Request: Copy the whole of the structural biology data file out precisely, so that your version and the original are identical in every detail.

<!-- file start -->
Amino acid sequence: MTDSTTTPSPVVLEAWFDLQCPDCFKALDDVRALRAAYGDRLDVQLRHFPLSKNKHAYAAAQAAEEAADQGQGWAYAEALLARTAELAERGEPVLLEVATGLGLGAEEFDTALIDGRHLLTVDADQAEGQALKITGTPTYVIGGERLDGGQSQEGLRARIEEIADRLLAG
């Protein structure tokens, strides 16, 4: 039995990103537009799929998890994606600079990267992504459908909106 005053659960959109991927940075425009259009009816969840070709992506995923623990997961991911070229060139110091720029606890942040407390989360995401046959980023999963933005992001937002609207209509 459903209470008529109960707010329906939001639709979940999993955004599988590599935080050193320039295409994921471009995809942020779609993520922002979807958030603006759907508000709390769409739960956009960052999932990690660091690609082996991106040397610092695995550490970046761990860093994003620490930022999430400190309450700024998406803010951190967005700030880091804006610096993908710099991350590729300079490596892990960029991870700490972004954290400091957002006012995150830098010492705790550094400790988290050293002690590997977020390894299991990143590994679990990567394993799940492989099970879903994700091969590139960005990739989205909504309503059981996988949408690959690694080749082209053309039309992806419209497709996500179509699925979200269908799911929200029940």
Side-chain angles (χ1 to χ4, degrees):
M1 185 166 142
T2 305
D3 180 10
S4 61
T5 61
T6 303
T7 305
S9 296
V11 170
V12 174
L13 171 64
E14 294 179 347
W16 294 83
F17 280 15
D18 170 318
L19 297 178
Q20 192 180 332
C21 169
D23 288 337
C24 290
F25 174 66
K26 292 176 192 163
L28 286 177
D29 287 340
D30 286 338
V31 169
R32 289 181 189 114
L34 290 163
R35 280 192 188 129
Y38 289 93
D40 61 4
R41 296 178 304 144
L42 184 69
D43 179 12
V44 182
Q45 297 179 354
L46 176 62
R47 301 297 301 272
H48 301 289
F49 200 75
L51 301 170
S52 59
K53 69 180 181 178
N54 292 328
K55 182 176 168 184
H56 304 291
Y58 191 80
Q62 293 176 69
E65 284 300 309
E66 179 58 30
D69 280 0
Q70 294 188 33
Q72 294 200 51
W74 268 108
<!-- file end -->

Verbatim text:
Amino acid sequence: MTDSTTTPSPVVLEAWFDLQCPDCFKALDDVRALRAAYGDRLDVQLRHFPLSKNKHAYAAAQAAEEAADQGQGWAYAEALLARTAELAERGEPVLLEVATGLGLGAEEFDTALIDGRHLLTVDADQAEGQALKITGTPTYVIGGERLDGGQSQEGLRARIEEIADRLLAG
């Protein structure tokens, strides 16, 4: 039995990103537009799929998890994606600079990267992504459908909106 005053659960959109991927940075425009259009009816969840070709992506995923623990997961991911070229060139110091720029606890942040407390989360995401046959980023999963933005992001937002609207209509 459903209470008529109960707010329906939001639709979940999993955004599988590599935080050193320039295409994921471009995809942020779609993520922002979807958030603006759907508000709390769409739960956009960052999932990690660091690609082996991106040397610092695995550490970046761990860093994003620490930022999430400190309450700024998406803010951190967005700030880091804006610096993908710099991350590729300079490596892990960029991870700490972004954290400091957002006012995150830098010492705790550094400790988290050293002690590997977020390894299991990143590994679990990567394993799940492989099970879903994700091969590139960005990739989205909504309503059981996988949408690959690694080749082209053309039309992806419209497709996500179509699925979200269908799911929200029940």
Side-chain angles (χ1 to χ4, degrees):
M1 185 166 142
T2 305
D3 180 10
S4 61
T5 61
T6 303
T7 305
S9 296
V11 170
V12 174
L13 171 64
E14 294 179 347
W16 294 83
F17 280 15
D18 170 318
L19 297 178
Q20 192 180 332
C21 169
D23 288 337
C24 290
F25 174 66
K26 292 176 192 163
L28 286 177
D29 287 340
D30 286 338
V31 169
R32 289 181 189 114
L34 290 163
R35 280 192 188 129
Y38 289 93
D40 61 4
R41 296 178 304 144
L42 184 69
D43 179 12
V44 182
Q45 297 179 354
L46 176 62
R47 301 297 301 272
H48 301 289
F49 200 75
L51 301 170
S52 59
K53 69 180 181 178
N54 292 328
K55 182 176 168 184
H56 304 291
Y58 191 80
Q62 293 176 69
E65 284 300 309
E66 179 58 30
D69 280 0
Q70 294 188 33
Q72 294 200 51
W74 268 108